Arriving for a special summit in Brussels, European Commission President Jean-Claude Juncker, head of the bloc's executive arm, said it was a "sad day".
It took Britain's Theresa May and 27 other European Union leaders just 40 minutes to sign the Brexit deal after two years of tortuous negotiations, but the trials and tribulations of Britain's withdrawal agreement approved Sunday in Brussels are far from over.
British Prime Minister Theresa May will then have the momentous task to sell the deal to her recalcitrant Parliament and a nation still fundamentally split whether the United Kingdom should leave the European Union on March 29 and under what conditions.
But given that opposition parties - not to mention many lawmakers within May's Conservative party and the Northern Irish DUP, which supports her minority government - have indicated they'll vote against it, the deal's biggest test is yet to come.
The comments were echoed by Johnson, who received a rapturous applause from the delegates, saying Britain would be left as a "satellite state" by the deal.
In a letter, UK's ambassador to the EU, Sir Tim Barrow, said the Withdrawal Agreement imposes no obligations regarding the "territorial scope" of future agreements.
"I am totally convinced this is the only deal possible", he said.
On a visit to Cuba, Sanchez said he had yet to receive assurances that any future decisions on Gibraltar would be decided in direct talks between London and Madrid.
The DUP's 10 MPs have proved reluctant to vote with the Government since the terms of the Brexit deal became known and the termination of their Westminster arrangement would be a major blow to the Prime Minister.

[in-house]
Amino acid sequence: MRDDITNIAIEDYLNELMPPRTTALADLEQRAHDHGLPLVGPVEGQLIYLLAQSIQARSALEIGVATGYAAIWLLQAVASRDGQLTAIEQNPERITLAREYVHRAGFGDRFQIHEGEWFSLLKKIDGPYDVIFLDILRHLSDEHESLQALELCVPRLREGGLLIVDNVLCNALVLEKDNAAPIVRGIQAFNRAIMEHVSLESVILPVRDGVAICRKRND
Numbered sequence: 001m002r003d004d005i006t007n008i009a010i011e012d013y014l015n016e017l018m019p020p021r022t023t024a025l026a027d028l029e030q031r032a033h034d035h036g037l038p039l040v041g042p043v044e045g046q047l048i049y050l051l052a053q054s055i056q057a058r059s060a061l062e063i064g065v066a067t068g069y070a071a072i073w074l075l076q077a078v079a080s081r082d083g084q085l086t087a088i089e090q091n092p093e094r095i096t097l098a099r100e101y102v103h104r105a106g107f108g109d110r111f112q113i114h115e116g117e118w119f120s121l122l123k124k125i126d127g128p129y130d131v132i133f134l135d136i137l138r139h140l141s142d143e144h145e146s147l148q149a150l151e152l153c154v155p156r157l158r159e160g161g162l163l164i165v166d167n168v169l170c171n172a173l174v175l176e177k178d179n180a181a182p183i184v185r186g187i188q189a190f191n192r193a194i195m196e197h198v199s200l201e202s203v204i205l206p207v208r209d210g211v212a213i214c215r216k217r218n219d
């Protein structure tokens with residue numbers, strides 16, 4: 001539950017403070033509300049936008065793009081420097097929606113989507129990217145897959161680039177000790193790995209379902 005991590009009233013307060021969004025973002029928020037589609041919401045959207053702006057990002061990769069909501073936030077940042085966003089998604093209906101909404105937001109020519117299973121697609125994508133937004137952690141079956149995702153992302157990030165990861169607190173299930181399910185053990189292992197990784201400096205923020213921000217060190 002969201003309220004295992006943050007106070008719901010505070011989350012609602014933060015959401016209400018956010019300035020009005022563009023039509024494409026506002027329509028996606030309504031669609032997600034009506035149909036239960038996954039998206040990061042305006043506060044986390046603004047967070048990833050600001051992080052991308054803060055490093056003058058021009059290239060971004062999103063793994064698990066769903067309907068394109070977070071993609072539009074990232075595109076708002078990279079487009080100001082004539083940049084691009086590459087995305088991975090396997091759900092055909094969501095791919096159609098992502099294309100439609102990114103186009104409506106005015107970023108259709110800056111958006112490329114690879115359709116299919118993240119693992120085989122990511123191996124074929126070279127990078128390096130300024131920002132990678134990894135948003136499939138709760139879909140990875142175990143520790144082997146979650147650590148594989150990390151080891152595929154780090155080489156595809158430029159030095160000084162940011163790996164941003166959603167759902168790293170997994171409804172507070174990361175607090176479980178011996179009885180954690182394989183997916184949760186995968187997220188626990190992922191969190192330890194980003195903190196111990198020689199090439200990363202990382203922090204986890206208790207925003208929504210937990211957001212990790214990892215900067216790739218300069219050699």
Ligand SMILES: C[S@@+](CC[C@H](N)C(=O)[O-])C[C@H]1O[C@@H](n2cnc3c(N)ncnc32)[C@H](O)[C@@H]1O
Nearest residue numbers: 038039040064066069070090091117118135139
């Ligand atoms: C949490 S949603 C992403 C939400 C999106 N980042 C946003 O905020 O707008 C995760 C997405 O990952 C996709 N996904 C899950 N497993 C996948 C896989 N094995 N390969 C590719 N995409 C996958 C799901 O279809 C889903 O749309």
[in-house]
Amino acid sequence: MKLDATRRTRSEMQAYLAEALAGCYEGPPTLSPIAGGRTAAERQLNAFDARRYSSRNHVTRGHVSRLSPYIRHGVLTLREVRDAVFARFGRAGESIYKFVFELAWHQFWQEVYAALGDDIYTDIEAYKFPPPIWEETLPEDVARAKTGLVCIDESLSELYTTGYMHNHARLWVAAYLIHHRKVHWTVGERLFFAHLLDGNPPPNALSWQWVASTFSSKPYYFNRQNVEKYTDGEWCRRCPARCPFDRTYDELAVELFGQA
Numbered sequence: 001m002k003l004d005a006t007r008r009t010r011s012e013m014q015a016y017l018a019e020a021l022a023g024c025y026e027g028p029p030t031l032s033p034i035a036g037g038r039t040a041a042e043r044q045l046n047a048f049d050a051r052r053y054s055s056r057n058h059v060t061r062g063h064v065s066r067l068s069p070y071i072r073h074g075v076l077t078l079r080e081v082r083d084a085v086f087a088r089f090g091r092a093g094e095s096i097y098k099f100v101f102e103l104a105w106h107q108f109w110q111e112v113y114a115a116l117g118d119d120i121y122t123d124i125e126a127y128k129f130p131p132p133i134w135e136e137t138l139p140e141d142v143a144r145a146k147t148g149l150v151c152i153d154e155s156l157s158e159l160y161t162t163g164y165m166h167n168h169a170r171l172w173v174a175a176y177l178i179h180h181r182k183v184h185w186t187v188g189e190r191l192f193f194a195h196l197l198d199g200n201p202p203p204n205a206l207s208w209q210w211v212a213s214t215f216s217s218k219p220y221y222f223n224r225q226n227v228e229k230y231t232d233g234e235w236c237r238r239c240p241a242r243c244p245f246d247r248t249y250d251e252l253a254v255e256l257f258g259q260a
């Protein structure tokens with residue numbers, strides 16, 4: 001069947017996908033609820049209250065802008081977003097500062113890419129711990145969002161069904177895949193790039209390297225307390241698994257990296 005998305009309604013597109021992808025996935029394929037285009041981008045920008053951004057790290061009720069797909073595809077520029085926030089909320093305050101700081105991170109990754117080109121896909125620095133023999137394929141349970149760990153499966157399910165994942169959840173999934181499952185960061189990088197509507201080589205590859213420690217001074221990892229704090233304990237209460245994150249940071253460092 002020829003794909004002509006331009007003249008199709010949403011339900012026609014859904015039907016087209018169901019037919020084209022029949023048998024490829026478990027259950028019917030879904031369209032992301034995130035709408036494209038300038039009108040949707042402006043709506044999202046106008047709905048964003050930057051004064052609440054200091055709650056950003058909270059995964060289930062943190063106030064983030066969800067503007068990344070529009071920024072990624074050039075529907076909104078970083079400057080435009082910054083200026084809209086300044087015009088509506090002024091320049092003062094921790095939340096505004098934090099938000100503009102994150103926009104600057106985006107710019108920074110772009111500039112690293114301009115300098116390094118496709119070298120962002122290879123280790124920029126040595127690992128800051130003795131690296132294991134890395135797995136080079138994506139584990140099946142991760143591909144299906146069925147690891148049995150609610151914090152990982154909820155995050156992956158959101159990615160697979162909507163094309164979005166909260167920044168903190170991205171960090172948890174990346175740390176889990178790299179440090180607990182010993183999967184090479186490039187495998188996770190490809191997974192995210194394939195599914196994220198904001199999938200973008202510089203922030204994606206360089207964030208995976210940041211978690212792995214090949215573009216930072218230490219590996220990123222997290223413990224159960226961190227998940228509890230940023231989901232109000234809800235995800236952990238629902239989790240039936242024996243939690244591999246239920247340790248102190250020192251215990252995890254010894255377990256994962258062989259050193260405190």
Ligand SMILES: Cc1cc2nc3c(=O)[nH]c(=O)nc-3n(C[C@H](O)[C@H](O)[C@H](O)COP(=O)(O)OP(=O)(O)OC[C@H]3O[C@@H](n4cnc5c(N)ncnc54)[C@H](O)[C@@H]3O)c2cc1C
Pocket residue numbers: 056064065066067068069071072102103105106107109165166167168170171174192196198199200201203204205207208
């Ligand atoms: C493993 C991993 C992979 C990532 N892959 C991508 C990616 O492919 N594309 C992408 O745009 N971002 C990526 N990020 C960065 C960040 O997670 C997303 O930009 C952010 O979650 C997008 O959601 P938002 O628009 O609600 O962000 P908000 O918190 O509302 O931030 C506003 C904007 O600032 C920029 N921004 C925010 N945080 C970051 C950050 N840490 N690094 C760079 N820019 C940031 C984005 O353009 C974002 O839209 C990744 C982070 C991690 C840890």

British Prime Minister Theresa May, waiting in the wings as the other leaders met, joined them once they had given the deal the seal of approval to discuss the next steps on the road to Brexit.
The deal must still be ratified by the European Parliament, something that its president, Antonio Tajani, said would likely take place early in 2019.
Theresa May insisted the UK's position on Gibraltar "has not changed" after she was accused of caving in to Spanish demands ahead of Sunday's Brexit summit.
Eurosceptic Tory MP Andrew Bridgen, a prominent critic of the Prime Minister, said: "With regard to the Withdrawal Agreement and the proposed future relationship "never in the history of our great nation have so many been betrayed, so deliberately, for so little".
May declined to say when asked by a caller whether she would resign if the deal was rejected by Parliament.
Chief Minister Fabian Picardo fired back at Spanish Prime Minister Pedro Sanchez on Saturday night, dismissing his claims that Spain had secured "historic" gains in its sovereignty aspirations over Gibraltar.
British Ambassador to the EU, Tim Barrow wrote in a letter that the United Kingdom. European leaders resolved a last-minute dispute over the future of Gibraltar on November 24, clearing the way for a summit to approve the Brexit deal.
Twenty-seven European Union leaders have endorsed a deal that sets out the terms of Britain's departure on March 29 and sets a framework for future ties.
Britain could also simply crash out on March 29.
"This isn't about me", she said.
Tajani said a "large majority" of European parliamentarians supported the deal.
In an open letter to the British public published Sunday, May promised to campaign "with my heart and soul to win that vote and to deliver this Brexit deal".
Senior Conservative backbencher Iain Duncan Smith was one of those criticising the Prime Minister's deal Sunday morning, telling media outlets in a series of interviews that after so much had been given away to the European Union it would be hard for him and others to vote to ratify the deal in Parliament.